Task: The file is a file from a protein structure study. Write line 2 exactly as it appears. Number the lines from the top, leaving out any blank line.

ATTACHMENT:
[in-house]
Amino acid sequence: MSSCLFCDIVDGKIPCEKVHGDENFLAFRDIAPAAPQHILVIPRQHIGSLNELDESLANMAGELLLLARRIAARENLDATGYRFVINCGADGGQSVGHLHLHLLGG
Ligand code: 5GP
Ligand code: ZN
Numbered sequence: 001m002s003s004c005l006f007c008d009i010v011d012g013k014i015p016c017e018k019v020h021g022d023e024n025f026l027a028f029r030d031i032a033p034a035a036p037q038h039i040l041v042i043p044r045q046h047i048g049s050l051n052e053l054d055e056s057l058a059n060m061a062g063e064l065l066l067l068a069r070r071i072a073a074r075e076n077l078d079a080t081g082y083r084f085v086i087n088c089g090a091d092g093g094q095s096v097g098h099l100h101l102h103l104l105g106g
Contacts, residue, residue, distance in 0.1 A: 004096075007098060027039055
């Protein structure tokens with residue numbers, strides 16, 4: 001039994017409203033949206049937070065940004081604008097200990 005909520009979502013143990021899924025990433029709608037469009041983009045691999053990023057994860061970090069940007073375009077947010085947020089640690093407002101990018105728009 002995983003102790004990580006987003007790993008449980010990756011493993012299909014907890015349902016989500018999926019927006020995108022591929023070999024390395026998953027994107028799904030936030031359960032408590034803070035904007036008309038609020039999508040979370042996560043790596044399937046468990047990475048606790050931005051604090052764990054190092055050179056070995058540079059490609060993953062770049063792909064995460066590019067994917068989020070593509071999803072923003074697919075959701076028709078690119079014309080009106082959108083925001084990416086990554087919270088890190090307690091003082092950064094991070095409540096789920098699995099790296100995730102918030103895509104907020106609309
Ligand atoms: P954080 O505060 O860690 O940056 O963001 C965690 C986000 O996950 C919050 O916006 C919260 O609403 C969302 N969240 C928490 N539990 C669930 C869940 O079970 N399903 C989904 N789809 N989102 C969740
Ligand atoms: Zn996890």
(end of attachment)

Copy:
Amino acid sequence: MSSCLFCDIVDGKIPCEKVHGDENFLAFRDIAPAAPQHILVIPRQHIGSLNELDESLANMAGELLLLARRIAARENLDATGYRFVINCGADGGQSVGHLHLHLLGG